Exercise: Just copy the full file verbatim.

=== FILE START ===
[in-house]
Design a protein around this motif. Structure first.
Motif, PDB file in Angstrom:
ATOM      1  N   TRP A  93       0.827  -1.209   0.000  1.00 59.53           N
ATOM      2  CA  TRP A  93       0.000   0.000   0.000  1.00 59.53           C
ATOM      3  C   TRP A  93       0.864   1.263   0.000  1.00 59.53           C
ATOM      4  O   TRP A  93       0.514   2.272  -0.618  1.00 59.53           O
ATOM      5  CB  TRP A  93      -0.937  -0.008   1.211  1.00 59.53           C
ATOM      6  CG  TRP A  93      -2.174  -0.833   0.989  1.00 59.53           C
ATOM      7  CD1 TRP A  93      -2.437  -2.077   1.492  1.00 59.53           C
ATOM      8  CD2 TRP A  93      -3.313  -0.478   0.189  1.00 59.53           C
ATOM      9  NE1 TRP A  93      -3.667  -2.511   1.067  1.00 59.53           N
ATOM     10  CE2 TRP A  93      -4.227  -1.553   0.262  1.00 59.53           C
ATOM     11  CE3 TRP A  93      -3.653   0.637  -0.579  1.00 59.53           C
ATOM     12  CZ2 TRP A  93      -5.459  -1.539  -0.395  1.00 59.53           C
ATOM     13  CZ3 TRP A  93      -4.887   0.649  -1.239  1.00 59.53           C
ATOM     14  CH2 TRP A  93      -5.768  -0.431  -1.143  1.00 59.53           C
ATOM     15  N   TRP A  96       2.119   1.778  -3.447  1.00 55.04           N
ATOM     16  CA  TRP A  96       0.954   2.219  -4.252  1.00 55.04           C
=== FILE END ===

[in-house]
Design a protein around this motif. Structure first.
Motif, PDB file in Angstrom:
ATOM      1  N   TRP A  93       0.827  -1.209   0.000  1.00 59.53           N
ATOM      2  CA  TRP A  93       0.000   0.000   0.000  1.00 59.53           C
ATOM      3  C   TRP A  93       0.864   1.263   0.000  1.00 59.53           C
ATOM      4  O   TRP A  93       0.514   2.272  -0.618  1.00 59.53           O
ATOM      5  CB  TRP A  93      -0.937  -0.008   1.211  1.00 59.53           C
ATOM      6  CG  TRP A  93      -2.174  -0.833   0.989  1.00 59.53           C
ATOM      7  CD1 TRP A  93      -2.437  -2.077   1.492  1.00 59.53           C
ATOM      8  CD2 TRP A  93      -3.313  -0.478   0.189  1.00 59.53           C
ATOM      9  NE1 TRP A  93      -3.667  -2.511   1.067  1.00 59.53           N
ATOM     10  CE2 TRP A  93      -4.227  -1.553   0.262  1.00 59.53           C
ATOM     11  CE3 TRP A  93      -3.653   0.637  -0.579  1.00 59.53           C
ATOM     12  CZ2 TRP A  93      -5.459  -1.539  -0.395  1.00 59.53           C
ATOM     13  CZ3 TRP A  93      -4.887   0.649  -1.239  1.00 59.53           C
ATOM     14  CH2 TRP A  93      -5.768  -0.431  -1.143  1.00 59.53           C
ATOM     15  N   TRP A  96       2.119   1.778  -3.447  1.00 55.04           N
ATOM     16  CA  TRP A  96       0.954   2.219  -4.252  1.00 55.04           C